‘The Last of Us’ Co-Creators Break Down Season 1 Finale & Tease Season 2
Mar 13, 2023
[Editor’s note: The following contains spoilers for Season 1 of The Last of Us.]Over the course of its first season, the expert storytelling, stunning performances, and truly human moments that end in triumph or tragedy have not only made the HBO series The Last of Us an excellent representation of the popular video game its based on, but have also made it one of the best TV shows of 2023. The unbending will to survive, the heartbreak of love pushed to its limits, and the horror of failing short, all contribute to the emotional gut punch that will surely stick with you while you wait for Season 2.
During this press conference to discuss Season 1 and look ahead to Season 2, co-creators Craig Mazin (Chernobyl) and Neil Druckmann (who also wrote the video game) talked about deciding how they wanted to present the infected, making sure that every piece of action moves character and wasn’t just there for spectacle, Joel’s actions at the end of the finale, the challenges of turning Calgary into various states in the United States, lining up the directors with their episodes, adding to the backstory for Ellie’s mother, whether they ever considered making any big changes to the end of the season finale, what they’ve learned that they’ll apply to Season 2, why they’ll never recast Ellie, and so much more.
Question: The show started off a little bit more infected-heavy than it ended. In the game, you’re constantly finding the infected, but there were large sections of the story in the TV series where there were no infected. How did you decide how to pace that out?
CRAIG MAZIN: Part of the adaptation process is trying to figure out how to take source material that was built around gameplay and ported over to a medium that is passive. A lot of the gameplay centered on NPCs that you have to get around, either by avoiding, stealth killing, or just confronting head on. That’s your choices when you’re playing. And the NPCs were either raiders or cannibals or Fedra, or were they were the infected, so there’s a lot of fighting. I don’t know what your ultimate kill count is, on a typical run of The Last of Us, but it’s in the triple digits, for sure.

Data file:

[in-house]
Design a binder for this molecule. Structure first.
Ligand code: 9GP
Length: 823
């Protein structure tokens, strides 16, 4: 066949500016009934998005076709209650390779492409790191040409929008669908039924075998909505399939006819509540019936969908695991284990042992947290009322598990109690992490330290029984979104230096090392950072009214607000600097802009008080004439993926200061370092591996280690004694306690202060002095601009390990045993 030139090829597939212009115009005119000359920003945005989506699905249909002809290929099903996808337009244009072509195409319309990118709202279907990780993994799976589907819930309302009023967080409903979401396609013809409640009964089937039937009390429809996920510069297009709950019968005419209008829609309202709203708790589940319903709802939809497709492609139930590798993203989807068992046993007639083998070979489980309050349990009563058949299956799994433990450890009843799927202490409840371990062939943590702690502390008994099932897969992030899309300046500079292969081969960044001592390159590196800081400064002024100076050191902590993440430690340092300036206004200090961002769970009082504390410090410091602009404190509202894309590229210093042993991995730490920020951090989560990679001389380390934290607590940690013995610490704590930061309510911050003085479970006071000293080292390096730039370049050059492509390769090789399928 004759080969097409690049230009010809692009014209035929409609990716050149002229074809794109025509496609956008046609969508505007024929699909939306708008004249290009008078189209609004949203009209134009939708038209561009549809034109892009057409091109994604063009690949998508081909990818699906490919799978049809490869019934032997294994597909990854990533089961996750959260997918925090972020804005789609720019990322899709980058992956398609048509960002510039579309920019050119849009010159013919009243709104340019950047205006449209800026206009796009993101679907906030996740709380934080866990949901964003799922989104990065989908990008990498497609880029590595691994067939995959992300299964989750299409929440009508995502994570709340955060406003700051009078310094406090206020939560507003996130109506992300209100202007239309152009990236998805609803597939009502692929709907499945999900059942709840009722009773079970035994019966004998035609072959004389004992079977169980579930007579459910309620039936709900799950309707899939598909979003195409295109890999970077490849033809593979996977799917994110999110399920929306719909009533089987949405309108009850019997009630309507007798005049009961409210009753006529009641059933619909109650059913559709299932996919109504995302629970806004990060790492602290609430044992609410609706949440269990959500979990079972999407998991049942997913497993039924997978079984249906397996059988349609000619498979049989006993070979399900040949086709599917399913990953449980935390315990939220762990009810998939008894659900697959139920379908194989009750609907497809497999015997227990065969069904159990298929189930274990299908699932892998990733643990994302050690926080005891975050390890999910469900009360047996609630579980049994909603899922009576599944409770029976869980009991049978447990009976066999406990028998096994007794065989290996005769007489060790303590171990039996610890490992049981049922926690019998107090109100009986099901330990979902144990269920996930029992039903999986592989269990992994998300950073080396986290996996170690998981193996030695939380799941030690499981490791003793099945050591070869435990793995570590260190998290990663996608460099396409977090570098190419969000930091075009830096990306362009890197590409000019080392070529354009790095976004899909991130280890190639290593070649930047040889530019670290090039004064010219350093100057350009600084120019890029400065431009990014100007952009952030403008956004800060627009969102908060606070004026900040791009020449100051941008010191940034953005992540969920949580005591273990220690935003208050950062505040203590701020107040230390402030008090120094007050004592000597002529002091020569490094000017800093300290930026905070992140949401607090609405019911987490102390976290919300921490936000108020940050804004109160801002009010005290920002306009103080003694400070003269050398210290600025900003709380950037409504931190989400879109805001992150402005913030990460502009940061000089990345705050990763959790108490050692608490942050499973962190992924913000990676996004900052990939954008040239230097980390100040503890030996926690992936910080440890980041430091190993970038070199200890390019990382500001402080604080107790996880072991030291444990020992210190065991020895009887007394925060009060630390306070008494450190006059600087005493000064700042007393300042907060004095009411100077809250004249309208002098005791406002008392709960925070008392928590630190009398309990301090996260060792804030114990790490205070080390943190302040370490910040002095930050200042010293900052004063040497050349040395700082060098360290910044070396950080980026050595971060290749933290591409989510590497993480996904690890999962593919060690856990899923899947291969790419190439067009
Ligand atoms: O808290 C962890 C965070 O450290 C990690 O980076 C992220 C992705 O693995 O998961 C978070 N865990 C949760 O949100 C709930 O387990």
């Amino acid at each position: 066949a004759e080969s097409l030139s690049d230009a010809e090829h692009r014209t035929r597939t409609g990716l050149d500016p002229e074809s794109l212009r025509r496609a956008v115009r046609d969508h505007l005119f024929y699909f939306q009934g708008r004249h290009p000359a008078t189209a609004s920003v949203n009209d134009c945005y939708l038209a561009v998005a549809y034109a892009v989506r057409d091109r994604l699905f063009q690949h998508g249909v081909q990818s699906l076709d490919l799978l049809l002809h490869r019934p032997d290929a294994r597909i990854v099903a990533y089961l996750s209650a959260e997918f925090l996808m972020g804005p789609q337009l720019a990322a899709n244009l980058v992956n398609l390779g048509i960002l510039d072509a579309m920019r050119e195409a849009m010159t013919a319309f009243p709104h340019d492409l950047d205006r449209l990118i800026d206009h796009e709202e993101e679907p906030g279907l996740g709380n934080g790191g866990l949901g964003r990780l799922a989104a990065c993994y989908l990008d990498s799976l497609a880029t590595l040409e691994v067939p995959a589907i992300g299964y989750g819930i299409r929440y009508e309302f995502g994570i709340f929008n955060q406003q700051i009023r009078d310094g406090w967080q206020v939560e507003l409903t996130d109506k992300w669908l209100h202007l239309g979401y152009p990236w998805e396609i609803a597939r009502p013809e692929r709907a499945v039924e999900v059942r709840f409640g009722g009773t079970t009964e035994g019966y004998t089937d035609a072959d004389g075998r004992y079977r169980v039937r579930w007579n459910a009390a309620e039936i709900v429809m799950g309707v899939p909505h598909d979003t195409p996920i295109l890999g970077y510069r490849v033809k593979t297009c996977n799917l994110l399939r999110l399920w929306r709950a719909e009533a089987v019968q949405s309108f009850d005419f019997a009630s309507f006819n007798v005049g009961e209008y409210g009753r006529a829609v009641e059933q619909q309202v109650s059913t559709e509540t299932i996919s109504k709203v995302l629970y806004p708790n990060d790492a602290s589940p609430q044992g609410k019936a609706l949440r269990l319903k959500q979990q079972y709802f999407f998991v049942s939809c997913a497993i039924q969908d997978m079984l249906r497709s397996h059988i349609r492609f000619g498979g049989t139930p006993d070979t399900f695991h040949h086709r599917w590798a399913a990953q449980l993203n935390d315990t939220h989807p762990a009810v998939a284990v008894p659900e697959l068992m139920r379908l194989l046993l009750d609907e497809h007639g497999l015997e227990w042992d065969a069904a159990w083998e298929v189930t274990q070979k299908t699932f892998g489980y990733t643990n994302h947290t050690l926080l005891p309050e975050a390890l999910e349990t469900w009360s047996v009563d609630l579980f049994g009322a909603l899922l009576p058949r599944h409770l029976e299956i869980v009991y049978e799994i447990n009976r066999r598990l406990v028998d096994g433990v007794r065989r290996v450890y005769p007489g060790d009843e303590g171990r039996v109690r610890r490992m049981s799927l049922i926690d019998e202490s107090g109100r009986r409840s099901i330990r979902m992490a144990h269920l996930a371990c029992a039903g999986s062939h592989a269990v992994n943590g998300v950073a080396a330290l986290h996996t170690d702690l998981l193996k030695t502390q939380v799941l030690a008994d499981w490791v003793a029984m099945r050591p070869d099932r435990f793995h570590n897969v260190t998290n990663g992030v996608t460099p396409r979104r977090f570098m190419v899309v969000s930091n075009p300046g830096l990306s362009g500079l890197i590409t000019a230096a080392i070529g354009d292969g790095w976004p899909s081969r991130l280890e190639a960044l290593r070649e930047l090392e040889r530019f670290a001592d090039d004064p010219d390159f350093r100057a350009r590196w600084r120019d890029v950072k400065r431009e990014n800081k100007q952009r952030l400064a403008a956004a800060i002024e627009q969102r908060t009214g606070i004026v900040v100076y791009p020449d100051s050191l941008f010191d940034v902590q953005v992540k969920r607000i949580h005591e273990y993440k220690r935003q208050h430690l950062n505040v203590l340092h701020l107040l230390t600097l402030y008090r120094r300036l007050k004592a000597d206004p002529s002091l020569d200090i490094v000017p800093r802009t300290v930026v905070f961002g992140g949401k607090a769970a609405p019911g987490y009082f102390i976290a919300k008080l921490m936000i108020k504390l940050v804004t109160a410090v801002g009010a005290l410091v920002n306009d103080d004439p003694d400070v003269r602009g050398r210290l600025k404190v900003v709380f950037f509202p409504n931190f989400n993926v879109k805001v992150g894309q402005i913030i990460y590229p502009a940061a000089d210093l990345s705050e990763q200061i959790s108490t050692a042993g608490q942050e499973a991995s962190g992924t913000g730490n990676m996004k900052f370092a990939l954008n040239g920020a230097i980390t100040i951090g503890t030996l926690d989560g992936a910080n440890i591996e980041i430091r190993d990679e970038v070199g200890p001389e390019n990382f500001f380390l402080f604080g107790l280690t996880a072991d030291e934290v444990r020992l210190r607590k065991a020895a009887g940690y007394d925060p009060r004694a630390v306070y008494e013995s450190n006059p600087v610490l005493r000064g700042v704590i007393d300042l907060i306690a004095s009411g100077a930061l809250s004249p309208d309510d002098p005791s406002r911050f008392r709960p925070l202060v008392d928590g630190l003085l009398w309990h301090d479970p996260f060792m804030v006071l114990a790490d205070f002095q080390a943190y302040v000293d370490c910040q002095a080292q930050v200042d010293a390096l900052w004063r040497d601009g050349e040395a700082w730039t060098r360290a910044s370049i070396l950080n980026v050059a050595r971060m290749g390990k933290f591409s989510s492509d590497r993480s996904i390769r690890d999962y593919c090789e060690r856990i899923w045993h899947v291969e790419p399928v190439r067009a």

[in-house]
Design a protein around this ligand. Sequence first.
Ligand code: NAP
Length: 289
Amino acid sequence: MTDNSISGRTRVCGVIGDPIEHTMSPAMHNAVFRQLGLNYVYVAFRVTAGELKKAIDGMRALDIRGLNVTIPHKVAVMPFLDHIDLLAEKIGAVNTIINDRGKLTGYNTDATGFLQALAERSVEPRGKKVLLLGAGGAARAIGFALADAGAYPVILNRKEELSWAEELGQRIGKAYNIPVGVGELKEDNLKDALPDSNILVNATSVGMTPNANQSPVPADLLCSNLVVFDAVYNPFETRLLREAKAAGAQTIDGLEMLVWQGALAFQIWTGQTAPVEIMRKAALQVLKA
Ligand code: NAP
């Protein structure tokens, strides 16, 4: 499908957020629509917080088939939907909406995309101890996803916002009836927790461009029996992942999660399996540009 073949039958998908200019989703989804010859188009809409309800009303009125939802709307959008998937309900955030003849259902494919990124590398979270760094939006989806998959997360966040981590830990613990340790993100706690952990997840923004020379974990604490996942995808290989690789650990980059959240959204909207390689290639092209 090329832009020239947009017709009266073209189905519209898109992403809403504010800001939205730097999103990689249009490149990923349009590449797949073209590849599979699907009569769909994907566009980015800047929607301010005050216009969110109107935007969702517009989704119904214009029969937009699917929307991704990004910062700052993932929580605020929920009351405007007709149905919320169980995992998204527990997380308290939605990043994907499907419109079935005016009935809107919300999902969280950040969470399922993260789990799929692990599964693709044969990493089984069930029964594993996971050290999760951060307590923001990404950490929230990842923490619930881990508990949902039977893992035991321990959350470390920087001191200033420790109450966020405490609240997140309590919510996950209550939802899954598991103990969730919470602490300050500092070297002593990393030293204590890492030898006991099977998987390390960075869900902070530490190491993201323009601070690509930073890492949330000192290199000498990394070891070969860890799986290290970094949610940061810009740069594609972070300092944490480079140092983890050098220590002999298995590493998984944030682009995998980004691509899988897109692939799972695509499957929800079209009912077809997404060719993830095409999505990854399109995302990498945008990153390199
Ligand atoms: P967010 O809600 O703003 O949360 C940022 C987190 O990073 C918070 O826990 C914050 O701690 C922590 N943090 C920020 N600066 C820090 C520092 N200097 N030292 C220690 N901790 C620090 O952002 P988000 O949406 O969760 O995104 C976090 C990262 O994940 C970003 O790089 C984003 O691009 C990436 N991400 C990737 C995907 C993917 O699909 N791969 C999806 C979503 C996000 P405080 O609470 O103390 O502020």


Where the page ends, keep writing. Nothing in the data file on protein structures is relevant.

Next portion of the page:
NEIL DRUCKMANN: It depends on your play style, but it’s much higher than we would want for the show.
MAZIN: Yeah. So, we did, at times, have choices to make about how we wanted to present the infected. I will say that, even though we were greenlit for a season of television, Neil and I felt like we couldn’t just make a season of television without considering what would come after. There is more of The Last of Us to come, and the balance is not always just within an episode, or even episode to episode, but season to season. It’s quite possible that there will be a lot more infected later, and perhaps different kinds. But within the episodes that we were concentrating on, ultimately, we generally stressed the power of relationships and trying to find significance within moments of action. And so, there may be less action than some people wanted because we couldn’t necessarily find significance for quite a bit of it, or there was a concern that it would be repetitive. After all, you’re not playing it, you’re watching it. Although a lot of people do like to watch gameplay, it needs to be a little bit focused and purposeful when we’re putting it on TV.
DRUCKMANN: We took a very high level approach and looked at the action across the board, and every piece of action, if you look at the show, has to move character in some way. If it doesn’t move character and it was only there for spectacle, then it was an easy cut for us.
Image via HBO